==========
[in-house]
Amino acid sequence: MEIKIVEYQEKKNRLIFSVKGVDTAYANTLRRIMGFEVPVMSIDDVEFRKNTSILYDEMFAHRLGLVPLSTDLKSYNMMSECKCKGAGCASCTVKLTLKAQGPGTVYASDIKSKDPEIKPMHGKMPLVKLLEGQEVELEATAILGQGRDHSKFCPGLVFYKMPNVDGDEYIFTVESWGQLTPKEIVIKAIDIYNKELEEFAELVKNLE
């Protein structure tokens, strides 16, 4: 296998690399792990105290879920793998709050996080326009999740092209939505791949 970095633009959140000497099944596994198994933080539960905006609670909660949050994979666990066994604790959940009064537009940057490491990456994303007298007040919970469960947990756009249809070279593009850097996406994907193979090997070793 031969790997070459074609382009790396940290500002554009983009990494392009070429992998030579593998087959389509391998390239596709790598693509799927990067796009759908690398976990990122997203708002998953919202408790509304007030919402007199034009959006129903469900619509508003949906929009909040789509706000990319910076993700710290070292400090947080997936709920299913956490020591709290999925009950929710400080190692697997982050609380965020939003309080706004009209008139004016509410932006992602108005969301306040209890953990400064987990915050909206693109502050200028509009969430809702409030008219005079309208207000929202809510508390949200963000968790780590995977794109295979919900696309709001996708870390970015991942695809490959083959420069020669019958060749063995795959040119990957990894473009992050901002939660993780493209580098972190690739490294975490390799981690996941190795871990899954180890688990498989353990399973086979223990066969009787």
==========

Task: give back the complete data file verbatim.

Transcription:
[in-house]
Amino acid sequence: MEIKIVEYQEKKNRLIFSVKGVDTAYANTLRRIMGFEVPVMSIDDVEFRKNTSILYDEMFAHRLGLVPLSTDLKSYNMMSECKCKGAGCASCTVKLTLKAQGPGTVYASDIKSKDPEIKPMHGKMPLVKLLEGQEVELEATAILGQGRDHSKFCPGLVFYKMPNVDGDEYIFTVESWGQLTPKEIVIKAIDIYNKELEEFAELVKNLE
């Protein structure tokens, strides 16, 4: 296998690399792990105290879920793998709050996080326009999740092209939505791949 970095633009959140000497099944596994198994933080539960905006609670909660949050994979666990066994604790959940009064537009940057490491990456994303007298007040919970469960947990756009249809070279593009850097996406994907193979090997070793 031969790997070459074609382009790396940290500002554009983009990494392009070429992998030579593998087959389509391998390239596709790598693509799927990067796009759908690398976990990122997203708002998953919202408790509304007030919402007199034009959006129903469900619509508003949906929009909040789509706000990319910076993700710290070292400090947080997936709920299913956490020591709290999925009950929710400080190692697997982050609380965020939003309080706004009209008139004016509410932006992602108005969301306040209890953990400064987990915050909206693109502050200028509009969430809702409030008219005079309208207000929202809510508390949200963000968790780590995977794109295979919900696309709001996708870390970015991942695809490959083959420069020669019958060749063995795959040119990957990894473009992050901002939660993780493209580098972190690739490294975490390799981690996941190795871990899954180890688990498989353990399973086979223990066969009787």